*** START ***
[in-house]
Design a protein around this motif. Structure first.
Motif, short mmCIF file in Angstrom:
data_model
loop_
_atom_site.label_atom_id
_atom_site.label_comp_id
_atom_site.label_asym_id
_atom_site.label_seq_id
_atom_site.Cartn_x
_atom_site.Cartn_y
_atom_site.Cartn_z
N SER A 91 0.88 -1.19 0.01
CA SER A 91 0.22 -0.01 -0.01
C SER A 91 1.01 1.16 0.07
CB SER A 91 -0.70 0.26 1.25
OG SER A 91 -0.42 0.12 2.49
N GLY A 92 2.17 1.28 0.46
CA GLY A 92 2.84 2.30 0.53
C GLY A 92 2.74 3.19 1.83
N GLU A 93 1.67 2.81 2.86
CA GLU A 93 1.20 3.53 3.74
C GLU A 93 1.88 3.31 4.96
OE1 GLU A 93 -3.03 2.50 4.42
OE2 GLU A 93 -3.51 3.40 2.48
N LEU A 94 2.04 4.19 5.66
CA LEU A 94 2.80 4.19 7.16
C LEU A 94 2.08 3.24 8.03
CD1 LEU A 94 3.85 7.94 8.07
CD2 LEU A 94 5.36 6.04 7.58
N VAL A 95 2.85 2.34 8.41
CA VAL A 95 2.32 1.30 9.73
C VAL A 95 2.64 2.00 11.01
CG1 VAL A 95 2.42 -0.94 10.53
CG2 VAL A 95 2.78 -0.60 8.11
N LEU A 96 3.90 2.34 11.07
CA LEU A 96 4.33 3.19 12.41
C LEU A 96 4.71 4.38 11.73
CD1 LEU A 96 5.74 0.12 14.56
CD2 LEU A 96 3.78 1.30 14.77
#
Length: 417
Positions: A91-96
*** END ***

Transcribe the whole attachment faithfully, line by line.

[in-house]
Design a protein around this motif. Structure first.
Motif, short mmCIF file in Angstrom:
data_model
loop_
_atom_site.label_atom_id
_atom_site.label_comp_id
_atom_site.label_asym_id
_atom_site.label_seq_id
_atom_site.Cartn_x
_atom_site.Cartn_y
_atom_site.Cartn_z
N SER A 91 0.88 -1.19 0.01
CA SER A 91 0.22 -0.01 -0.01
C SER A 91 1.01 1.16 0.07
CB SER A 91 -0.70 0.26 1.25
OG SER A 91 -0.42 0.12 2.49
N GLY A 92 2.17 1.28 0.46
CA GLY A 92 2.84 2.30 0.53
C GLY A 92 2.74 3.19 1.83
N GLU A 93 1.67 2.81 2.86
CA GLU A 93 1.20 3.53 3.74
C GLU A 93 1.88 3.31 4.96
OE1 GLU A 93 -3.03 2.50 4.42
OE2 GLU A 93 -3.51 3.40 2.48
N LEU A 94 2.04 4.19 5.66
CA LEU A 94 2.80 4.19 7.16
C LEU A 94 2.08 3.24 8.03
CD1 LEU A 94 3.85 7.94 8.07
CD2 LEU A 94 5.36 6.04 7.58
N VAL A 95 2.85 2.34 8.41
CA VAL A 95 2.32 1.30 9.73
C VAL A 95 2.64 2.00 11.01
CG1 VAL A 95 2.42 -0.94 10.53
CG2 VAL A 95 2.78 -0.60 8.11
N LEU A 96 3.90 2.34 11.07
CA LEU A 96 4.33 3.19 12.41
C LEU A 96 4.71 4.38 11.73
CD1 LEU A 96 5.74 0.12 14.56
CD2 LEU A 96 3.78 1.30 14.77
#
Length: 417
Positions: A91-96